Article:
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Ukrainian pastor says: 'People of faith need each other'

Calling people of faith to pull together, the Rev. Alexandr Kaprian, pastor of Pilgrim Slavic Baptist Church, told a story his family long kept secret. 

Alexandr Kaprian
Alexandr Kaprian
With the Interfaith Thanksgiving Service on Nov. 24 moved at the last minute from Temple Beth Shalom to St. Mark’s Lutheran Church because of vandalism to security cameras, his story was a reminder why people of faith need each other.

Rather than canceling the service for security concerns, Dennis Twigg, vice president of the temple, said the community pulled together, changed locations and showed “that people of faith here stand together, despite different practices, and that they practice tolerance, acceptance and unity.”

Fifteen years ago, Alexandr fled to the United States as a religious refugee from the Ukraine, after years of persecution as a Christian in the Soviet Union.  Under perestroika in the 1980s, the state allowed Jewish people to emigrate.  With the help of Jews, he and other Christians left posed as Jews.

The family story goes back to his grandparents under German occupation in World War II. German soldiers built a concentration camp near his town for Russian soldiers and Jewish people.

“My grandparents felt they should help our Jewish ‘cousins’ in faith.  German soldiers dug a big hole in the town’s cemetery,  brought Russian and Jewish captives there in the evenings, shot them and dropped into the hole.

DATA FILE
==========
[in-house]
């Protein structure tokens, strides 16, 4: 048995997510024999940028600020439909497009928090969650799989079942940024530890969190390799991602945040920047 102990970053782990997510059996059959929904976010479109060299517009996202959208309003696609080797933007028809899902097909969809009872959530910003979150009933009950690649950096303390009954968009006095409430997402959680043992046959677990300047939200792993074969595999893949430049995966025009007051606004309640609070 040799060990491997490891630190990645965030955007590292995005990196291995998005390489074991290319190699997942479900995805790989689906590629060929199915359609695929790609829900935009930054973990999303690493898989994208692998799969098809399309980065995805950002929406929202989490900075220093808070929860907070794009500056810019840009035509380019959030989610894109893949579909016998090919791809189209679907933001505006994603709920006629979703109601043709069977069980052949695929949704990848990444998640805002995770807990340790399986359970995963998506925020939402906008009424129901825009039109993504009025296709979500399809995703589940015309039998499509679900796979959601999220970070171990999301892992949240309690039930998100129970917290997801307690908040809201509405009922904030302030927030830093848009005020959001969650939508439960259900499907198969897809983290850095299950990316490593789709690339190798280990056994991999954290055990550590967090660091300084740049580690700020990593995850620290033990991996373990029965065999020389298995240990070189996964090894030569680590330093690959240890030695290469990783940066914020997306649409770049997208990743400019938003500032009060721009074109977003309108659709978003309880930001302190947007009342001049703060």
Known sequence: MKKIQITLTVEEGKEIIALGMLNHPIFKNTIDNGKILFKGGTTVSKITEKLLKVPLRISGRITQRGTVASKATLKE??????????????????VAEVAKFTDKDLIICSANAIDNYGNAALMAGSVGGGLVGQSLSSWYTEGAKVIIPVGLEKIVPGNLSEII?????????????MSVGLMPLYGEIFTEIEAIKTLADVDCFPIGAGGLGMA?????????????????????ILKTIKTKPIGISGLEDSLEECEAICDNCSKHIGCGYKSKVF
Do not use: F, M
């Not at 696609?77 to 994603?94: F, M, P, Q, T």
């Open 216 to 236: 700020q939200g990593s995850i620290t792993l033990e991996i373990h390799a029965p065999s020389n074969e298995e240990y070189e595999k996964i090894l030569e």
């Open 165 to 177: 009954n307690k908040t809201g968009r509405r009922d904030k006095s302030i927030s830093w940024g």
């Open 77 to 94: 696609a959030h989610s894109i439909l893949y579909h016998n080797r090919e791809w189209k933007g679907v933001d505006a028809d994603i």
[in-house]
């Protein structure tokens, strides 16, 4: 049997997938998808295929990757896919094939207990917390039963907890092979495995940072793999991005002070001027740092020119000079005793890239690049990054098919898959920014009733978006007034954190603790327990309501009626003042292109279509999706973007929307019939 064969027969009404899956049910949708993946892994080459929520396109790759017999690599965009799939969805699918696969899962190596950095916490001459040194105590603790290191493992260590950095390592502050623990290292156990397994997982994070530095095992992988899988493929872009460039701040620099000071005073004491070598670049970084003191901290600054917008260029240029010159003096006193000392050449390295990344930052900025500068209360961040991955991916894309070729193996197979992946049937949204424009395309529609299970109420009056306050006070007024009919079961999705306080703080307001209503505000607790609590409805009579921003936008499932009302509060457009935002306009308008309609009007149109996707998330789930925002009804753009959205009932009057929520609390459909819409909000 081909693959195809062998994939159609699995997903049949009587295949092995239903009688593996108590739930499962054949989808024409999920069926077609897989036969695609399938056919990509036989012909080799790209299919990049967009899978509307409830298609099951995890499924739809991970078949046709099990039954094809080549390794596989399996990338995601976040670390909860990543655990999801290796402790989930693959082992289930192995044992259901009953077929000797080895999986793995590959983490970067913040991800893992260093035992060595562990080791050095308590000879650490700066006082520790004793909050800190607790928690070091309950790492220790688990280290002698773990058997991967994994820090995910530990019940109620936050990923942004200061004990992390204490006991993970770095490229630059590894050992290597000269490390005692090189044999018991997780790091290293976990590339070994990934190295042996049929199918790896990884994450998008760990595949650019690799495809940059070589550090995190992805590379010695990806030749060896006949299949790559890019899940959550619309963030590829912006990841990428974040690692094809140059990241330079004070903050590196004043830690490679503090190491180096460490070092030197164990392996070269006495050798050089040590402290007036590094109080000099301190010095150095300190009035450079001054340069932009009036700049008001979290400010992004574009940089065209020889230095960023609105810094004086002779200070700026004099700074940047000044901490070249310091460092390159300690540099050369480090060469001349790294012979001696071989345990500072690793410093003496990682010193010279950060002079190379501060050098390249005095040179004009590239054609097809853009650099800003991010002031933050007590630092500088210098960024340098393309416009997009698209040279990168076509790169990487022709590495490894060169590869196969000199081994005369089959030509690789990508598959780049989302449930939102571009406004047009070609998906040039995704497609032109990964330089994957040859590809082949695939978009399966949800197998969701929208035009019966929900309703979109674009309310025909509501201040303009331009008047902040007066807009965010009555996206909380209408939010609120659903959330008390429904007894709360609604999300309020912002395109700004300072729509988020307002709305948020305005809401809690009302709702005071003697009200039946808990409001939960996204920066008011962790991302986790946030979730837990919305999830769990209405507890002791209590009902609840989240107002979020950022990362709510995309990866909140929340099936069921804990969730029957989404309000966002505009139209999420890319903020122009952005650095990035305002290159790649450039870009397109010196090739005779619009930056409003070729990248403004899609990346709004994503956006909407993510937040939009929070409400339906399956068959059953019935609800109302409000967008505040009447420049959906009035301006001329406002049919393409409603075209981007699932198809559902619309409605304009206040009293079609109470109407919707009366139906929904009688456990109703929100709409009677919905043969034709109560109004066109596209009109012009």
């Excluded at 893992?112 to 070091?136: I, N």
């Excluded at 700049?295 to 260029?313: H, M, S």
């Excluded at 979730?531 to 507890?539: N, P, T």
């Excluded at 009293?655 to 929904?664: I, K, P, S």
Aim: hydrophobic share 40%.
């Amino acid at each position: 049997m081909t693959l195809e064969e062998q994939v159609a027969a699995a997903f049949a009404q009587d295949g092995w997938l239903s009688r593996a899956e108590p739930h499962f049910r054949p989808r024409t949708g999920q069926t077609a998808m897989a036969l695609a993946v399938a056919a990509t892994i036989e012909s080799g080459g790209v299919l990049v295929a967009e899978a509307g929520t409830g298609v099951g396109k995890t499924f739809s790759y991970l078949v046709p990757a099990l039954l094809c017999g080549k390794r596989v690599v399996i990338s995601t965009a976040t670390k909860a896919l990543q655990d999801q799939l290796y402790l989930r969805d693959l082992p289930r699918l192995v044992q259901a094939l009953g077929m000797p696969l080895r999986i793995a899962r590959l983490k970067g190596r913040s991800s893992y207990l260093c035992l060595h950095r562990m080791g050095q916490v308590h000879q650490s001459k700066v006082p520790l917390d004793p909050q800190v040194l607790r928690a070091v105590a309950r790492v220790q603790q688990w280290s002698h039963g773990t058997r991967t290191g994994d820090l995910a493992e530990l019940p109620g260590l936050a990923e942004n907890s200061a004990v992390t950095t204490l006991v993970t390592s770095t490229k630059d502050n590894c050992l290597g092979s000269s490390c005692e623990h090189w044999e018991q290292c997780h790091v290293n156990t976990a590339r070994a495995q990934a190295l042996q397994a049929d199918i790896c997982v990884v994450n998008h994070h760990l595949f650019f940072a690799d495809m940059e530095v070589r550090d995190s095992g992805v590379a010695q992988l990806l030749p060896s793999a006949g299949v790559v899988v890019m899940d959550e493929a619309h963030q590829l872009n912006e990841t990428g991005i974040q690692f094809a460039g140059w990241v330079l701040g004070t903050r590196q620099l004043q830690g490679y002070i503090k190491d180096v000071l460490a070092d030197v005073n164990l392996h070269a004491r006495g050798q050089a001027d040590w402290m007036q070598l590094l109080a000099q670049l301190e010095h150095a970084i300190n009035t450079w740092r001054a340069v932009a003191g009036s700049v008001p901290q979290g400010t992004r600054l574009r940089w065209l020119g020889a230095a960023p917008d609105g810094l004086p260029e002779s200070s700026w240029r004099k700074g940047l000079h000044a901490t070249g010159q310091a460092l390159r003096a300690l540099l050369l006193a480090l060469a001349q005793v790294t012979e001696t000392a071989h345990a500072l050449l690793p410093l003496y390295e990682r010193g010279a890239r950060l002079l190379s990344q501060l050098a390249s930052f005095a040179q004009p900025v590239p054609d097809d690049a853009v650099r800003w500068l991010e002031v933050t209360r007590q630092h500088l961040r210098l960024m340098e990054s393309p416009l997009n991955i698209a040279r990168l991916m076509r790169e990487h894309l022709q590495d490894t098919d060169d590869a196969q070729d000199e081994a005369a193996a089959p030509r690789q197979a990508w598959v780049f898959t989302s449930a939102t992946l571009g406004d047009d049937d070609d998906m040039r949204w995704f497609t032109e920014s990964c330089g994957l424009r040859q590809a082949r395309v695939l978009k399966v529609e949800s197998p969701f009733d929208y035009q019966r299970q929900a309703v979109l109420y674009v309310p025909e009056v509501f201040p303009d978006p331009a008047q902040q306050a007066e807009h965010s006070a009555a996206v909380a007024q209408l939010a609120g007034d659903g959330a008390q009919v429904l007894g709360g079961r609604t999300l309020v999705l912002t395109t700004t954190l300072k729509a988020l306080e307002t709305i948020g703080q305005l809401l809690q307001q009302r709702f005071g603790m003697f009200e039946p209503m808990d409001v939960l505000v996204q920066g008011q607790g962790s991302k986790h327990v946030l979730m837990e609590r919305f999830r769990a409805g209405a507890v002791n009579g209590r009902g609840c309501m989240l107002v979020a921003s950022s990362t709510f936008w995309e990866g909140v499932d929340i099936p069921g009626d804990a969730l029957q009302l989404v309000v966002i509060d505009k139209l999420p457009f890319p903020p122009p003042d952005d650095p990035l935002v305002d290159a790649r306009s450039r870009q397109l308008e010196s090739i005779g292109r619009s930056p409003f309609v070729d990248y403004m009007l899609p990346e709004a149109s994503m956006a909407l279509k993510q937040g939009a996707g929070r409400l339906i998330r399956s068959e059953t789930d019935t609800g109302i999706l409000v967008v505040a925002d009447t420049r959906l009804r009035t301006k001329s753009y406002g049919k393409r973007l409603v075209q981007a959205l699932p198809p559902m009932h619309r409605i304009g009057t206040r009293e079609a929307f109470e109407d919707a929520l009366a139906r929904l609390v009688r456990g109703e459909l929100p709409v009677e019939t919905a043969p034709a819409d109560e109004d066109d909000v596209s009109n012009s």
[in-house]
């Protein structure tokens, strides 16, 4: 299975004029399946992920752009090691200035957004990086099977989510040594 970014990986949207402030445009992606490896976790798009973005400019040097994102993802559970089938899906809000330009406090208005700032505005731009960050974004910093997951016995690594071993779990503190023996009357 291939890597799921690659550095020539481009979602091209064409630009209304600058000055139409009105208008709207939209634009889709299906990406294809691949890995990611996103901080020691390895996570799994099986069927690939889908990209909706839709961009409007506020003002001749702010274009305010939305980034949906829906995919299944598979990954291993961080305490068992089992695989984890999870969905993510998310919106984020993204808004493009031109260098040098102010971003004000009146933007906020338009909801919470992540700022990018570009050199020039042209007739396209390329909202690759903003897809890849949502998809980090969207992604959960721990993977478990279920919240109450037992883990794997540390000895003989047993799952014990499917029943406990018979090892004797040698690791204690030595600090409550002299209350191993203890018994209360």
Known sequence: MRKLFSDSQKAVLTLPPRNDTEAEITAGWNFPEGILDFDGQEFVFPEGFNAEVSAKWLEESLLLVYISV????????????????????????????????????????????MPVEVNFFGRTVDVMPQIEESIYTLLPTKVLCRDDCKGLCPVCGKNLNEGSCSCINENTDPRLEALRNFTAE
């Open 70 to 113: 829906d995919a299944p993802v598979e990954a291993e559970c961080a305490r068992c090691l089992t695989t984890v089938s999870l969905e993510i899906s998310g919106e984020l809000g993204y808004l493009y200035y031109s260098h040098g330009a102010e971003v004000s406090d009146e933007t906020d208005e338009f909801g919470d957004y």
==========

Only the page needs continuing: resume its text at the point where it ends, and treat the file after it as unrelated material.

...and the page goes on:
“Christian families decided to save some of them.  Women offered German soldiers food in trade for some captives.  Some were angry and threatened to kill them, too. Sometimes, some released Jews.  The women took them home,” he said.

In addition, people returned after the Germans left to look for places where the thin layer of dirt over the bodies was moving.  They found wounded people and brought them home to hide, too.  His grandparents hid people in an underground tunnel. 

“One day, Germans found that neighbors were hiding Jews in their home and killed everyone,” he said.  “My grandmother was scared.  She knew the price.  She prayed hard.”

Over the years, his grandparents saved several Jews and Russian officers.  They kept the story secret after the war under the Soviet Union, which persecuted both Jews and Christians, Alexandr said.  So Jews and Christians continued to help each other.

“We see around the world that people who do not understand each other may hurt each other.  When hard times come we are brothers and sisters, and we help one another.  In the good times, we must not forget the hard times,” he reminded.

“Now I am here and thankful I can celebrate in freedom and joy,” Alexandr said.

“We must look to the past time and remember,” he said.  “Then we must be filled with God’s love for each other.  We must never fight or hurt each other.  We are all God’s children.”

For more on the Interfaith Thanksgiving Service and
for Bishop Martin Wells’ address click here.



By Mary Stamp, The Fig Tree - Copyright © December 2005